The UCF board also debated a number of proposed reforms and approved several, including actions that would make it a board policy that UCF keep the roles of CFO and chief operating officer separate [a reform that Whittaker already instituted from his office as president]; require UCF staff to develop policies outlining the proper role for E&G Fund money; require the university’s audit department to do checks on capital projects; and even to raise the profile of the university’s in-house whistle-blower program.
The latter reform wasn’t easy to pass, as Walsh and Marchena debated the true role of whistle blowers. Walsh argued that whistle blowing is a voluntary thing, but he feared the board was sending a message that if people don’t whistle blow they could be culpable. Marchena disagreed, pointing out that Merck’s four subordinates were fired not because they didn’t blow the whistle on him, but because they participated in what he was doing and should have known better even if he attempted to keep them less than fully informed.
Which was an awkward appearance that Whittaker and the board members themselves were accused of having by the public comments.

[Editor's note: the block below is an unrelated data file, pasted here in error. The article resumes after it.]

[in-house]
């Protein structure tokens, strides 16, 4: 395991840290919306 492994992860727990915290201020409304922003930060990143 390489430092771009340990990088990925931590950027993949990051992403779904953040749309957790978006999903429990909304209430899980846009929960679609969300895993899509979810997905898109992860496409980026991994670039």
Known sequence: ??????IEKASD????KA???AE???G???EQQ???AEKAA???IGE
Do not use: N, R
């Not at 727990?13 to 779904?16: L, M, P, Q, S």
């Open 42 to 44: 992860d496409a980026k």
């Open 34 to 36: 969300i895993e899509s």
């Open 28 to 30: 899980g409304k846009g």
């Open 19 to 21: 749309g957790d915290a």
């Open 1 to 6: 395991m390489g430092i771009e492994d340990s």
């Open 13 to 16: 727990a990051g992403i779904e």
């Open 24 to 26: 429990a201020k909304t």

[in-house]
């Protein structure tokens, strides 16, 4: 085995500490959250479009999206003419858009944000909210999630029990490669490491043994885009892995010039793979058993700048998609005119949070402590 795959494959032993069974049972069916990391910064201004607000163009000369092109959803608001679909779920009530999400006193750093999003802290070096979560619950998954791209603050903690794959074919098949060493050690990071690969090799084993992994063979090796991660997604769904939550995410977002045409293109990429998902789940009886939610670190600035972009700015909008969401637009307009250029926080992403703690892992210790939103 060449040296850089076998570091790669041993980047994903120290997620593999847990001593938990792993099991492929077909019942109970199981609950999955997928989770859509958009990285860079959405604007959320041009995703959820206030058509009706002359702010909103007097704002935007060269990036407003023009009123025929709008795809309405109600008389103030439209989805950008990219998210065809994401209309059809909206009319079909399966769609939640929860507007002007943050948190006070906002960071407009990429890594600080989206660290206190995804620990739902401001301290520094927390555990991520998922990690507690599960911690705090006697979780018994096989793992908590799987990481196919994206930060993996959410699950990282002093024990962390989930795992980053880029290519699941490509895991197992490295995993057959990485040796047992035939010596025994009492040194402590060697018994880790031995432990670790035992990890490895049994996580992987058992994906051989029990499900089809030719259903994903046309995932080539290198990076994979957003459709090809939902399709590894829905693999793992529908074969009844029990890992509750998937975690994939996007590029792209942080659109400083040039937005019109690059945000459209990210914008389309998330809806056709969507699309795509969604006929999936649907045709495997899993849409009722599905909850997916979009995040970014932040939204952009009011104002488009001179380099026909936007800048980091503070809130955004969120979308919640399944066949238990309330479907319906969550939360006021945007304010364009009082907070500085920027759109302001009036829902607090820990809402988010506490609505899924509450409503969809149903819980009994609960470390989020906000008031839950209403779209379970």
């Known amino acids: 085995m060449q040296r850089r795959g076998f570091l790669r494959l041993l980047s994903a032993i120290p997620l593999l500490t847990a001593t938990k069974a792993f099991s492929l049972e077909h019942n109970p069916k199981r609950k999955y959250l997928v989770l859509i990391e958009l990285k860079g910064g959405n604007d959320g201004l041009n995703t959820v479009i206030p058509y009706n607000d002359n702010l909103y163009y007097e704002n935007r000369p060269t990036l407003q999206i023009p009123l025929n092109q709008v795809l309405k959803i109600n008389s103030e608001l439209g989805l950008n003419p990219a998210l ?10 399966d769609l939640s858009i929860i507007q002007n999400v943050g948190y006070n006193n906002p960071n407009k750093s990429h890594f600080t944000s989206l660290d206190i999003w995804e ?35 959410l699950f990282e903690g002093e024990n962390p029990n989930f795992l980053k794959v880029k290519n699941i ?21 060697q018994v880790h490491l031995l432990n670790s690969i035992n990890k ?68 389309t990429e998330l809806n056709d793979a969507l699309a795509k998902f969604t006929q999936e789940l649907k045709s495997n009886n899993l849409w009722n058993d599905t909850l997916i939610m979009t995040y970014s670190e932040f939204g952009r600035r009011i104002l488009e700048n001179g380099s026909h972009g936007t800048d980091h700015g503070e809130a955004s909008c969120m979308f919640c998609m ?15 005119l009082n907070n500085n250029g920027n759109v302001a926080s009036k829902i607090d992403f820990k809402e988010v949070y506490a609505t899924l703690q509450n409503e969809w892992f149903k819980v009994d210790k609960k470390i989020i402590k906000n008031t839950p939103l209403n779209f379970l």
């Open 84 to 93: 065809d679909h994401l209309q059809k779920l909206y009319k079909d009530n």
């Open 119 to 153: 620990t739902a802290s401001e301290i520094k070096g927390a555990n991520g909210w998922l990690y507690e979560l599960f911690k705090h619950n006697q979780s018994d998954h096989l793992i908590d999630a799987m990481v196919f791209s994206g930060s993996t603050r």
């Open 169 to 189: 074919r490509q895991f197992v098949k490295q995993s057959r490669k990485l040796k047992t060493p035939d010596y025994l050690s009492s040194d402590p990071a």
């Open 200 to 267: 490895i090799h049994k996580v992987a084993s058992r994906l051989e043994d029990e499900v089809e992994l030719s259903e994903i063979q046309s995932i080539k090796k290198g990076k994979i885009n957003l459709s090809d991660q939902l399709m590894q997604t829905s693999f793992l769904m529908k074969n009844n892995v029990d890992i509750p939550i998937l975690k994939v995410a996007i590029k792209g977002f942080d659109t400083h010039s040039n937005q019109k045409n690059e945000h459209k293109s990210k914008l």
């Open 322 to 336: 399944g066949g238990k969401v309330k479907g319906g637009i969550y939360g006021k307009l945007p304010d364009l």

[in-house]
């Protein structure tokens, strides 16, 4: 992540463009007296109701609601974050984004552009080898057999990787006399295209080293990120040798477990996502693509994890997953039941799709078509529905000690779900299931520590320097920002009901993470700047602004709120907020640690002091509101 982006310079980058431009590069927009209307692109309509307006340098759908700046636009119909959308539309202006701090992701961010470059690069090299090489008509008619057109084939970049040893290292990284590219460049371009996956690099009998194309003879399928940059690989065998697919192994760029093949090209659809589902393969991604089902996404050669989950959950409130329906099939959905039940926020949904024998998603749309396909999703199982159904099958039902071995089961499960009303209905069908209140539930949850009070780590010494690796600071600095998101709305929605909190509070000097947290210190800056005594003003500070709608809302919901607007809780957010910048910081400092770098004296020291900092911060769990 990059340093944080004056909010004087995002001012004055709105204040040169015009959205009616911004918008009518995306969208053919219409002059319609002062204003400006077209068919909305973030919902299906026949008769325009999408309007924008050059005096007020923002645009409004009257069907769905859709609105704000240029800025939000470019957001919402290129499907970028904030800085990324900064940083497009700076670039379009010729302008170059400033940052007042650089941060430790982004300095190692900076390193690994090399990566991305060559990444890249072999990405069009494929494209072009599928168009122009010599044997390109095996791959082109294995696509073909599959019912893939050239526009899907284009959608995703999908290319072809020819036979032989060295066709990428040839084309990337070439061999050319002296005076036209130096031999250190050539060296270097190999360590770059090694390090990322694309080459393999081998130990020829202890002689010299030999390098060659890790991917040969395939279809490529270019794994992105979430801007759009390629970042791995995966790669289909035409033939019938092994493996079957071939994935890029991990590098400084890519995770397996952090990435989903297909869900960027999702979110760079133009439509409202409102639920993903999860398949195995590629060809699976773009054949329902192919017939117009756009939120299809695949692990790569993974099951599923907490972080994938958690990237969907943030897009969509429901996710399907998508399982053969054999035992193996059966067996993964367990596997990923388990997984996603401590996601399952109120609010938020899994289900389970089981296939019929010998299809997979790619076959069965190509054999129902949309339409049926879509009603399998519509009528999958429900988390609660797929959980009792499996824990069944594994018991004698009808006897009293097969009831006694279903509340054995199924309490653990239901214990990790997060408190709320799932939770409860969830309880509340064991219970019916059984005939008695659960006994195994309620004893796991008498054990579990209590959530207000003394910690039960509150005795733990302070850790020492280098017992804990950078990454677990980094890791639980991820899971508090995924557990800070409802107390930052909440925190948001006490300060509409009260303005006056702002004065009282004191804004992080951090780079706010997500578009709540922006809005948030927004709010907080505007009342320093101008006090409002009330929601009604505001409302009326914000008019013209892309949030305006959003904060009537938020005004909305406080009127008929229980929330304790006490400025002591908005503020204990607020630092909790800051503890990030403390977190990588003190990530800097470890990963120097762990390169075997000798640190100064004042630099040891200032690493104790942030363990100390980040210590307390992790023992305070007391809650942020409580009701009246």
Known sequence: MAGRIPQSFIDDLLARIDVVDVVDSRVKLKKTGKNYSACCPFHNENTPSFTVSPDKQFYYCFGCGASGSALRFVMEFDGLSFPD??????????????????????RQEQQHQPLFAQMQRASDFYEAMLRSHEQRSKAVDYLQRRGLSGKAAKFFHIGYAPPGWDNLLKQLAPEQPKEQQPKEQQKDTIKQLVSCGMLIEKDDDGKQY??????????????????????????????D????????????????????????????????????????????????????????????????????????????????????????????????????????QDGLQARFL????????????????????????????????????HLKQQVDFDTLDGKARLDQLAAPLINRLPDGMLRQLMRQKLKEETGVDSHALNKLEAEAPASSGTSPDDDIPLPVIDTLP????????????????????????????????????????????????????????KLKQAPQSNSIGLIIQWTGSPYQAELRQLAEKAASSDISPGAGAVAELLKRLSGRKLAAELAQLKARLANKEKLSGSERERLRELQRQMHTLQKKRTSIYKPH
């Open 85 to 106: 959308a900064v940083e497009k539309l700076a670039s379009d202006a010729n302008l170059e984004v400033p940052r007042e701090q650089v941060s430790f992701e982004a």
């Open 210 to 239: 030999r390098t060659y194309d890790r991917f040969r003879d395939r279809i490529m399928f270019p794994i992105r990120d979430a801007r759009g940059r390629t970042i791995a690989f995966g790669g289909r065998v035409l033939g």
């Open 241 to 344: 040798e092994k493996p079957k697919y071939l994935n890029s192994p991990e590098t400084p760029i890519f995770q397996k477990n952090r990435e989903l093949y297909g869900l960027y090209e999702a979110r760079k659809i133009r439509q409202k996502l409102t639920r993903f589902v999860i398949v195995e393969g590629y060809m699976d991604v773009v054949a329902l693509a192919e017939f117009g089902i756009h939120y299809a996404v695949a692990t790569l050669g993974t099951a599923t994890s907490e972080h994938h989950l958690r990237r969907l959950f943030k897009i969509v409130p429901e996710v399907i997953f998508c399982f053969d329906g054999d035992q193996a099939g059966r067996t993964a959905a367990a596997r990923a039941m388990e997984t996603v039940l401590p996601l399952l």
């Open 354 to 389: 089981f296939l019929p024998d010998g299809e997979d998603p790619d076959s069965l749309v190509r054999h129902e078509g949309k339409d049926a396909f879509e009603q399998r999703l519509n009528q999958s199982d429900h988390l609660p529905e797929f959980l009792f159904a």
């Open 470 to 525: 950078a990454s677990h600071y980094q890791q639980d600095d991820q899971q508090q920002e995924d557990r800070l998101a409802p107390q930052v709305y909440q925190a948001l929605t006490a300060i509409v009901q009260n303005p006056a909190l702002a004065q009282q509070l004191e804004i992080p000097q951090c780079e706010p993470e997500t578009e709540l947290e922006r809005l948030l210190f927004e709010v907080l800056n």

Walsh apparently feared the appearance as well, especially if the board closed down its inquiries now. He argued that more investigation might find more culpability on the parts of more people, as he argued that UCF needed to continue probing the matter to be certain it had done all it could to determine that.
“We can’t as a board look to, now, the Legislature or another state investigative organization to continue our work. What we do, if this board is going to act in its fiduciary responsibility, it owes a duty to itself to be complete in what it does,” Walsh argued.
Marchena disagreed, but also offered the prospect that the board might not be finished looking into things.
“We may chose to undertake additional reviews. We may chose to undertake additional audit by an outside firm of specific areas. We may chose to have our audit department go and look specifically look at issues such as what you are identifying,” Marchena offered. “But the question on the floor is: ‘Do we want to hire Bryan Cave to extend their investigation farther?'”
The answer, by a split voice vote, was no.